Research on reading, writing and human memory isn’t new. In fact, Cuneiform, the first Sumerian writing system, emerged in Mesopotamia more than 5,000 years ago. And since that time, scholars have attempted to grasp how documented communication connects and affects human beings. Neuroscientists in particular have attempted to understand the ways that our brain encodes and recalls the things that we write and read, versus speak, hear, taste, touch or smell. Or – more accurately – how all the senses work in tandem to remember and recall things that are written.
But a new, unique study from RMIT University in Australia has concluded what many have believed to be true for a long time: We really do have to work for our knowledge. “When a piece of information is too easily and cleanly read, it can fail to engage our brains in the kind of deeper cognitive processing necessary for effective retention and recall,” the report says. Or stated in laymen’s terms: the more you must focus on a task, the better you are at it.
Thus, the introduction of Sans Forgetica, a type font that was specifically designed to boost memory. Sans Forgetica is an attempt to address what RMIT researchers referred to as a, “somewhat ironic flaw of design. By disrupting the flow of individual letterforms, readers are subtly prompted to increase their focus on the text being communicated.”
A body of evidence as evolved in recent years about the decline of longhand writing, especially during meetings and classes. And it has come to light that typing notes on a computer amplifies mindless transcription with verbatim recording of what we hear. This means that the brain does not process the information well because the encoding process is shallower. A study published in Trends in Neuroscience and Education found that when children who had not yet learned to read or write were asked to trace, draw or type a letter, the recall for the letter when viewed later in an MRI machine was different. Recognition was greatest for the letters than had been independently drawn because it activated three brain regions – more than either those who traced the letter or typed it.
In three distinct studies on young adults, college students who took manual notes in class (thus physically writing their thoughts with pen and paper and reframing them) performed significantly better when tested on conceptually-based questions.
What makes this even more interesting, is that laptop note takers, on average, take much lengthier and more robust notes than those who write in longform on a notepad. But the Journal of Educational Psychology published results of a study that show in less than 24 hours the advantage of more text disappears. Indicating that it really is about quality and not quantity when it comes to better performance.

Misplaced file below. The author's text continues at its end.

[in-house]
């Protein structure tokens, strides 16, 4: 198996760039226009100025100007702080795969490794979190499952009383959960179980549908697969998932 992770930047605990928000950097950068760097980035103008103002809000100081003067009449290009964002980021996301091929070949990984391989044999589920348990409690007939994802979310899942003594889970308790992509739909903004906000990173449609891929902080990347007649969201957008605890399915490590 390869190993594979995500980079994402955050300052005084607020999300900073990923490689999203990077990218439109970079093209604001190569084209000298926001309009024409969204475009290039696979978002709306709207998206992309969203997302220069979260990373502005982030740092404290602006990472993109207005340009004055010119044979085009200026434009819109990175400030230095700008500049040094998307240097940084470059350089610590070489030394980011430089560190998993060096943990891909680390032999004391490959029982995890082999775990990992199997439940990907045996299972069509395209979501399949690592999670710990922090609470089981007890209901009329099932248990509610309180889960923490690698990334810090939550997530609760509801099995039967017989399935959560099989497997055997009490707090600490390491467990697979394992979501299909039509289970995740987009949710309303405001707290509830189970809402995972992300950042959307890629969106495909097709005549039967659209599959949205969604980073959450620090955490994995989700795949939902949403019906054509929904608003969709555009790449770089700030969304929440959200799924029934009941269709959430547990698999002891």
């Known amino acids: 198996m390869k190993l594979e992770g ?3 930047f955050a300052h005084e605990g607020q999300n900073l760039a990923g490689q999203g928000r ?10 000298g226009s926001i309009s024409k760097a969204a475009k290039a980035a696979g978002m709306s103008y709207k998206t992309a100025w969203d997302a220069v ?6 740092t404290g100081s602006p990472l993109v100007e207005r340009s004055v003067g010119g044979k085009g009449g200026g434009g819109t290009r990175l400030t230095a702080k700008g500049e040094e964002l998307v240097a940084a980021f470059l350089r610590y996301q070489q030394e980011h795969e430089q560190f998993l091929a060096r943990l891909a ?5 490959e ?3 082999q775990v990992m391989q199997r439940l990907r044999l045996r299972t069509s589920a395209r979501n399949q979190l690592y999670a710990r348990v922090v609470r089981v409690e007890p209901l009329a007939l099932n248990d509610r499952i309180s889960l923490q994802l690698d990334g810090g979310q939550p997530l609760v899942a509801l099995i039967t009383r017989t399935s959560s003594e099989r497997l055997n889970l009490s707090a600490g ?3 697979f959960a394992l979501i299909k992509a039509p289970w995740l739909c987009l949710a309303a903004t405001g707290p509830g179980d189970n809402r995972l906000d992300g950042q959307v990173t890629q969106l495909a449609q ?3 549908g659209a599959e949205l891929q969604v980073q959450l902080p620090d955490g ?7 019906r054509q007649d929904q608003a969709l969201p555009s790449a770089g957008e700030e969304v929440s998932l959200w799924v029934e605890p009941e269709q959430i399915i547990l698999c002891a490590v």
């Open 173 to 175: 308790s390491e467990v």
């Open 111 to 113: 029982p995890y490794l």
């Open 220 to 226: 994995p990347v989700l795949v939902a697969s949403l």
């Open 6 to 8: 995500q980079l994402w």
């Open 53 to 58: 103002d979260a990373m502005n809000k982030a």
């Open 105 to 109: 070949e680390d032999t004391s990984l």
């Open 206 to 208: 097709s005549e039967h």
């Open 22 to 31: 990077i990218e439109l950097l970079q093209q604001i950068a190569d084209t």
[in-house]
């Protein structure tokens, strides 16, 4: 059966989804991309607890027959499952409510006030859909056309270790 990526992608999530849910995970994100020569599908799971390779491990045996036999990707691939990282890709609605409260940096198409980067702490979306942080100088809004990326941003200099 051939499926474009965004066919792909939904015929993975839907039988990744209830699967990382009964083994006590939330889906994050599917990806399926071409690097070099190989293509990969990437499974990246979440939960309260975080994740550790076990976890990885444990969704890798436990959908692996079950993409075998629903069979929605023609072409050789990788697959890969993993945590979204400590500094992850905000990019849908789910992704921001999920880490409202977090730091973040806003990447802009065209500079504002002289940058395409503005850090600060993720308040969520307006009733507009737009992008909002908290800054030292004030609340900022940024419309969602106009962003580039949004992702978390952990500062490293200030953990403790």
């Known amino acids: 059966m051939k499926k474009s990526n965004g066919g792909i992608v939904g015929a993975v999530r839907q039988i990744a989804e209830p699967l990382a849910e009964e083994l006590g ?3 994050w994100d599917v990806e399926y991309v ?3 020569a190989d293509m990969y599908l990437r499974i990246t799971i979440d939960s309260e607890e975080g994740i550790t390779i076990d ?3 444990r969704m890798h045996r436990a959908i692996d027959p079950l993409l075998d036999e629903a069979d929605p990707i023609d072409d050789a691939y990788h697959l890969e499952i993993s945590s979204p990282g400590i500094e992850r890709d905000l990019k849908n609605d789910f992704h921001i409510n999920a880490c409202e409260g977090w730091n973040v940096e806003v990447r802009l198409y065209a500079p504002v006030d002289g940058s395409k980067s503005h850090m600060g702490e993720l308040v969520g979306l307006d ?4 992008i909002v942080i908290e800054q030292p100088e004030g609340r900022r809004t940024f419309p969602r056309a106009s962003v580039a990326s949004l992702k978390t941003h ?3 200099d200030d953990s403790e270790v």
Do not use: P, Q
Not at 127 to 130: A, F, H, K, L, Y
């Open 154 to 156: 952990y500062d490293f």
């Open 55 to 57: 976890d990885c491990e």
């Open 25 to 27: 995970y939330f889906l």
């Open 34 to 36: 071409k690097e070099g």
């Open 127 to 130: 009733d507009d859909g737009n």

Nevertheless, as our use of computers and printed type have increased, most new research has been in relation to the physical characteristics of text. Font type, spacing and proportionality of lettering have been growing areas of focus. And all are shown to affect recall of information. Most recently, Princeton University (of which the RMIT research was based) attempted to understand if harder to read fonts really do help us remember things. And it appears that they do.
Whether it be words that are italicized, bolded, or missing parts of letters or words, “disfluency” of font appears to help your brain remember. The authors of Fortune favors the bold (and the Italicized): Effects of disfluency on educational outcomes found that deeper processing occurs when more cognitive energy is needed to complete a task, and that includes reading. In both studies conducted by the authors it was concluded that material in hard-to-read fonts were better remembered than easier fonts, and that small changes to learning materials could yield differences in classrooms.
This is where Sans Forgetica comes into play. As the new font was released to the public, so too was a RMIT report – ironically, not written in Sans Forgetica – demonstrating the work that went into crafting the new font. Importantly, both science and practicality were used as measurements for success. Further, the work included a threshold of difficulty called ‘desired difficulty’ that optimizes learning and recall. Or, exactly how difficult comprehension should be, without being so difficult it defeats the purpose of learning.
As research continues, we will learn more about how the brain learns and processes words, whether written or read. But it is certain that both how humans encode words and recall them can be influenced by the collective use of our senses. So no matter what strategy you employ to read or write, make sure that you’re putting forth enough effort to do the task well.